- Now only under the auspices of an organization that is a person subject to U.S. jurisdiction: A U.S. citizen or permanent resident who travels under the people-to-people travel general license may do so only under the auspices of an organization that is a person subject to U.S. jurisdiction.
- A person subject to U.S. jurisdiction who is an employee, paid consultant, agent, or representative of the organization must accompany each group traveling under the people-to-people travel general license.
- Individuals may no longer travel under this general license, but individuals may travel under the “Support for the Cuban People” general license if they qualify and meet all of the requirements of that license. The Support for the Cuban People general license has been altered and is similar to the people-to-people general license that individuals previously traveled under but mandates both intent to travel as a manifestation of humanitarian or civil disruption ideals and the ability to prove actions that support that intention.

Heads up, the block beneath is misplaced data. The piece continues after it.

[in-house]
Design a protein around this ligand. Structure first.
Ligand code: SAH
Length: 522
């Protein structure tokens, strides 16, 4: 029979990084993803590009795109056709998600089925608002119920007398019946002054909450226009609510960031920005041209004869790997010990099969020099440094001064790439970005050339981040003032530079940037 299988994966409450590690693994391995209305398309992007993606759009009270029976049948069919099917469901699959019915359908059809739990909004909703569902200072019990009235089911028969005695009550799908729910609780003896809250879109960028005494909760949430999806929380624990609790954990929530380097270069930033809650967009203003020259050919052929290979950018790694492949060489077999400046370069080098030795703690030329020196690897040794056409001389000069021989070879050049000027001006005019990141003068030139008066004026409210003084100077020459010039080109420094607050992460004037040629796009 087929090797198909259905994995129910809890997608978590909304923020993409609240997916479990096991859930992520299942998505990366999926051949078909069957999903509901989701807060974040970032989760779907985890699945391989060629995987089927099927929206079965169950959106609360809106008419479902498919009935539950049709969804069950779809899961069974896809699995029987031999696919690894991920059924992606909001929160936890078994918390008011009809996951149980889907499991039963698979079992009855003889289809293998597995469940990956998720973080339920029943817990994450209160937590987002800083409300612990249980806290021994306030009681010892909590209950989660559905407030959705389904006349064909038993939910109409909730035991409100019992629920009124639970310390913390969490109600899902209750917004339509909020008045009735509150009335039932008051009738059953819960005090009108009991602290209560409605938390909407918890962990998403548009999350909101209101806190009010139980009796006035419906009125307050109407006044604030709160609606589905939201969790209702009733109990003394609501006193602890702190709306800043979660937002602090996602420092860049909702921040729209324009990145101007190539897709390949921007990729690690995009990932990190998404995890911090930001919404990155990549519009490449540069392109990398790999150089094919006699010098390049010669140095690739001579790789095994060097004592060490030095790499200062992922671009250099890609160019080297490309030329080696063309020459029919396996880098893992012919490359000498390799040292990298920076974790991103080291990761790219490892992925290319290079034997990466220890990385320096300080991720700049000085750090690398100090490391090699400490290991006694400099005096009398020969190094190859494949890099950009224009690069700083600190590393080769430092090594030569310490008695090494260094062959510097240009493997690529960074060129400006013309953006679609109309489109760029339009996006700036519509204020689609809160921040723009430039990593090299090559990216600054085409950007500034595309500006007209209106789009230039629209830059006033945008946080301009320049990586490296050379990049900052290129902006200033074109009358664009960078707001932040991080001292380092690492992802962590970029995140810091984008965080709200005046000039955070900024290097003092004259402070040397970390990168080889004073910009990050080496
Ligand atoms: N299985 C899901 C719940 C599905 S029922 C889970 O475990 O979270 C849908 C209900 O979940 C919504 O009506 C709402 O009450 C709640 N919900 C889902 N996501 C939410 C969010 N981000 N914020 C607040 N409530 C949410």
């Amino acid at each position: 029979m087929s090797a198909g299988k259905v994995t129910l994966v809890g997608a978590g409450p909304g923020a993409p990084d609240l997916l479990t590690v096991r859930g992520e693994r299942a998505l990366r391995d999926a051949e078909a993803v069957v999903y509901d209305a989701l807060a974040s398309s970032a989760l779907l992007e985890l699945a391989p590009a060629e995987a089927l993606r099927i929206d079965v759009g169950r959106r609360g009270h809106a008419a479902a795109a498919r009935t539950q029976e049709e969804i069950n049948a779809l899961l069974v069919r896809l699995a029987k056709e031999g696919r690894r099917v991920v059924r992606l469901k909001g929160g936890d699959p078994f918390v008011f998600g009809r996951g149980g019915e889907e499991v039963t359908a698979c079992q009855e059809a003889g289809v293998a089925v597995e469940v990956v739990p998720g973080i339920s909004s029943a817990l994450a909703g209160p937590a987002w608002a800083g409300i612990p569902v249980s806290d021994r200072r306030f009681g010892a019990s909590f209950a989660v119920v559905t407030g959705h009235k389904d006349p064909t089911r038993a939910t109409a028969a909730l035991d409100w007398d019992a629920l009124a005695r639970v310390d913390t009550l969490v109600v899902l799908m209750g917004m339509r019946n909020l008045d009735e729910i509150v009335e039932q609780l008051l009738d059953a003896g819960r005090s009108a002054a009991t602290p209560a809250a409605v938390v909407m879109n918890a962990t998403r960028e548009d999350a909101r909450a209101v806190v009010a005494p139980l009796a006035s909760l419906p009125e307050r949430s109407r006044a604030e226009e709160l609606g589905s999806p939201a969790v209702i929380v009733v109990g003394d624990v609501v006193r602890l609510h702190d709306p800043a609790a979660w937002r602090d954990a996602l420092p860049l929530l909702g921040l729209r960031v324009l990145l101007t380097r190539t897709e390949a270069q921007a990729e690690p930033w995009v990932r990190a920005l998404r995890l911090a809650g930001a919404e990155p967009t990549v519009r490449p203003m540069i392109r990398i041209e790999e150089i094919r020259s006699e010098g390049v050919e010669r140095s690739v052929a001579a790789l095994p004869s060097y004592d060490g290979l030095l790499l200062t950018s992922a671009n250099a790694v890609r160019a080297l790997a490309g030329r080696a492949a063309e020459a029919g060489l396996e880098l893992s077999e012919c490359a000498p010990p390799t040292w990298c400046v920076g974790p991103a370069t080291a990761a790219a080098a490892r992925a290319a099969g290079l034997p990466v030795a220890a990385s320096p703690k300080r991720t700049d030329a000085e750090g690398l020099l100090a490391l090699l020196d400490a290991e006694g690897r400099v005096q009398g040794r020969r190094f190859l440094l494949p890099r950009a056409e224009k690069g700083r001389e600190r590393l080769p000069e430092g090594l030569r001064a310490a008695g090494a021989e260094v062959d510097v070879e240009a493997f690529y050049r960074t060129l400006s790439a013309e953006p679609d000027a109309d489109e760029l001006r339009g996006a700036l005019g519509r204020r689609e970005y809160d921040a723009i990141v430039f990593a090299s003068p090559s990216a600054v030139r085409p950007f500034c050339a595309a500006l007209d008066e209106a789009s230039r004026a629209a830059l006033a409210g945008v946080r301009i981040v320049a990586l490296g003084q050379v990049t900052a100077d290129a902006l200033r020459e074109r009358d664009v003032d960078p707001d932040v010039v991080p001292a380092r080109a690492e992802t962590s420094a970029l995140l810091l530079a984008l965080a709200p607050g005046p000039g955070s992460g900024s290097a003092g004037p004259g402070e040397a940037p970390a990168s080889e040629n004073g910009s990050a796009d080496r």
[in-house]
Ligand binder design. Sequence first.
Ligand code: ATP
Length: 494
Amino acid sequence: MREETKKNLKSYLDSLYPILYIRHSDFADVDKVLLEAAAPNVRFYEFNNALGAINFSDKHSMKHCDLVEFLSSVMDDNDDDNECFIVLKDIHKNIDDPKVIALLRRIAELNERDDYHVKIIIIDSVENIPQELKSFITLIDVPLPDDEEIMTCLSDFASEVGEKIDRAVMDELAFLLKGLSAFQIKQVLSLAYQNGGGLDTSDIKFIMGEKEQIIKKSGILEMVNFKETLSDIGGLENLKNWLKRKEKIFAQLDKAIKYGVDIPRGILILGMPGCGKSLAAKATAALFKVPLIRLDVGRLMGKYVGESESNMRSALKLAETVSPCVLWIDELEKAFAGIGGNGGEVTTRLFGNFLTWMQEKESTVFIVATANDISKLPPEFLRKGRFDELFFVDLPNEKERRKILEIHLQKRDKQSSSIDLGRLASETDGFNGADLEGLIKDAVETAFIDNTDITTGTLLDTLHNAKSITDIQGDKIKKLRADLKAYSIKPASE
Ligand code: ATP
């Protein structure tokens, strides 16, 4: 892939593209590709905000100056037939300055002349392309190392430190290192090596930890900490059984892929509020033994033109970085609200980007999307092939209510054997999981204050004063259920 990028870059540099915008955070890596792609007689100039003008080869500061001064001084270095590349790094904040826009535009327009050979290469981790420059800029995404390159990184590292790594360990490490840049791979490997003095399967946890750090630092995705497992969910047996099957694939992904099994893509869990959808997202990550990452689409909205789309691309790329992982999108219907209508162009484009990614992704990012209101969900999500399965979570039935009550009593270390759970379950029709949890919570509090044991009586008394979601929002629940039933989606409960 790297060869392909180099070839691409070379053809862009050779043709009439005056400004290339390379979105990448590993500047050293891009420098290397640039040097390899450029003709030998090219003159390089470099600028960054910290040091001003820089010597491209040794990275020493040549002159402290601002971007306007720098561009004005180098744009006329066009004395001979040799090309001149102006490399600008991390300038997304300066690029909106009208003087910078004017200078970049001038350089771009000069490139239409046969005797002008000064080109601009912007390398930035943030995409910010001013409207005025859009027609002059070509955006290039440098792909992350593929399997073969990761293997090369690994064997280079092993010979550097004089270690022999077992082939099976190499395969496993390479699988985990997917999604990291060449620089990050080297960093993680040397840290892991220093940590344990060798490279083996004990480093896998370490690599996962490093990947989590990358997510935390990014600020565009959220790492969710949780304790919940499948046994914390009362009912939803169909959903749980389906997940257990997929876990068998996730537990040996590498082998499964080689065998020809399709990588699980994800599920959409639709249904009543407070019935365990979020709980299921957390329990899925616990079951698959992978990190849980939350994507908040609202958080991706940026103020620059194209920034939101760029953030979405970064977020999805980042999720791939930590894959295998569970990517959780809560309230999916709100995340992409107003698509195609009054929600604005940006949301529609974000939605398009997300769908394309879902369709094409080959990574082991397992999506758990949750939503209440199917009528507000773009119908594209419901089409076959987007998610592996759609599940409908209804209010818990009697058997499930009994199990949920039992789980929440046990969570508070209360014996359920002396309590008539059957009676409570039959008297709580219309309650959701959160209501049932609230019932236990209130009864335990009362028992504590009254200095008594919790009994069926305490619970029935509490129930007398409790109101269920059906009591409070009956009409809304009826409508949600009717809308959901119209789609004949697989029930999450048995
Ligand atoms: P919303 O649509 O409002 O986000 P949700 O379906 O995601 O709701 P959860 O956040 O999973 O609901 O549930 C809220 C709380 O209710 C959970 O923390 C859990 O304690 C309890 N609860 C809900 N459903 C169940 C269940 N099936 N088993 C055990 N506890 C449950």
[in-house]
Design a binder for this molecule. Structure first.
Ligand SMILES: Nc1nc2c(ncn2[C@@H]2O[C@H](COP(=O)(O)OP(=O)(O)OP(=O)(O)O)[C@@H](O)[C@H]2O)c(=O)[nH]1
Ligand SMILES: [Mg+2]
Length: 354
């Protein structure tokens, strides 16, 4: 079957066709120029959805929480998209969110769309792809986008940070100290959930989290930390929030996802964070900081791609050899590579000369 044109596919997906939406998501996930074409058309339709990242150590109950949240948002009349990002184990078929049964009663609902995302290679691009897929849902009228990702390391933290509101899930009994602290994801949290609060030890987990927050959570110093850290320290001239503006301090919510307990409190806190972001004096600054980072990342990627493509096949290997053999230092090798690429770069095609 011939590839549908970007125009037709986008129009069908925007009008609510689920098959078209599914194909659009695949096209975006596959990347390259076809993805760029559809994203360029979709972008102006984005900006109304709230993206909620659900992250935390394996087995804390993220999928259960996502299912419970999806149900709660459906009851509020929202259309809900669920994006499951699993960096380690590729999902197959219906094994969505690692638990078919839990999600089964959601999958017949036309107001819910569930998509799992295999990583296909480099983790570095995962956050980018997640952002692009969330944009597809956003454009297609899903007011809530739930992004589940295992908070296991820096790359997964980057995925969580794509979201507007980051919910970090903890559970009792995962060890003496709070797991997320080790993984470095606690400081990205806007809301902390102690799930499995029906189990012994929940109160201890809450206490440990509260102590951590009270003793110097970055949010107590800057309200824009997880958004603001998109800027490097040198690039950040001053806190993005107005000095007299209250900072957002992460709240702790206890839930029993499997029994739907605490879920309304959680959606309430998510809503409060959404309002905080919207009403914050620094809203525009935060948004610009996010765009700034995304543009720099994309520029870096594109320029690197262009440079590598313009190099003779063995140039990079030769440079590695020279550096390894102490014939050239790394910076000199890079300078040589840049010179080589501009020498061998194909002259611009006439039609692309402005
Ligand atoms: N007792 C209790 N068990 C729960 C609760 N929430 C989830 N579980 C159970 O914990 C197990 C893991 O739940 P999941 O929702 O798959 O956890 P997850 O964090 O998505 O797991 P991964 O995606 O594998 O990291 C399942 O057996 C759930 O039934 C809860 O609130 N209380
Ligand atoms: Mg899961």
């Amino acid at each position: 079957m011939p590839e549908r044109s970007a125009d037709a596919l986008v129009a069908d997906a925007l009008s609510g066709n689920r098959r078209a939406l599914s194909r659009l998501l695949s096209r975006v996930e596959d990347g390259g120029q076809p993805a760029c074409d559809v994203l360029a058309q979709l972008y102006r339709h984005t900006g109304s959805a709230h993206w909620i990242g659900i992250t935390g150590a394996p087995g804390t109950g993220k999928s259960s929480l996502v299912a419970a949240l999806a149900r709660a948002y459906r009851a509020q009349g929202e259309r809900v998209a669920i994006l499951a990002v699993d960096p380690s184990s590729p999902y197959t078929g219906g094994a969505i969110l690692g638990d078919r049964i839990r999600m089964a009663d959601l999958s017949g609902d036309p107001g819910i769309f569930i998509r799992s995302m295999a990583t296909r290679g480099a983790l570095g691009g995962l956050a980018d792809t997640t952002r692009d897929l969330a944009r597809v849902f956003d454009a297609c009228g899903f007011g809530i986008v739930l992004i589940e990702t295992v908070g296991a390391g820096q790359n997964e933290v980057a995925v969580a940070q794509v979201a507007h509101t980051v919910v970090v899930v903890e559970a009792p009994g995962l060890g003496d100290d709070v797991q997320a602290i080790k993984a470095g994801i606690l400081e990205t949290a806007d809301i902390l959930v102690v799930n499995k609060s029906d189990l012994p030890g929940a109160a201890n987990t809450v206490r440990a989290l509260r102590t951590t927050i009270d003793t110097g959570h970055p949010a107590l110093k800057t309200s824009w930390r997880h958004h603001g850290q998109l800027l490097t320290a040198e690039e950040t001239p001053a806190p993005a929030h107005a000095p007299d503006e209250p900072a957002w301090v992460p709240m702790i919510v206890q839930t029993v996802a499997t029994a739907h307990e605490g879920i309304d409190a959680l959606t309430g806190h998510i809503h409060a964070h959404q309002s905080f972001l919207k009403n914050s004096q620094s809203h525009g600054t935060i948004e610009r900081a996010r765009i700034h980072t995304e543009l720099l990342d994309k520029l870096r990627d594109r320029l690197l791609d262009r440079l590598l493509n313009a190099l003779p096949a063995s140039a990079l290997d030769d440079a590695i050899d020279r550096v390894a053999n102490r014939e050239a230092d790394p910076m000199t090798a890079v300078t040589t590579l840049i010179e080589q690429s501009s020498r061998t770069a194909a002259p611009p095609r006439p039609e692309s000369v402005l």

- All pre-existing requirements of the people-to-people general license remain. Trump’s National Security Presidential Memorandum, announced on June 16, 2017, directed the implementation of audits and enforcement of the general license requirements. Compliance with the general license requirements is more important than ever given the enforcement directive from the presidential administration.
- Specific licenses may be applied for and issued on a case-by-case basis to authorize travel-related transactions and educational activities that do not qualify under the “Educational Activities” or “people-to-people” general licenses. For an operator who almost qualifies under these general licenses, or has a certain transactions that don’t qualify, they may apply for a specific license and, if granted, operate under that license. (Consider AirBnB.)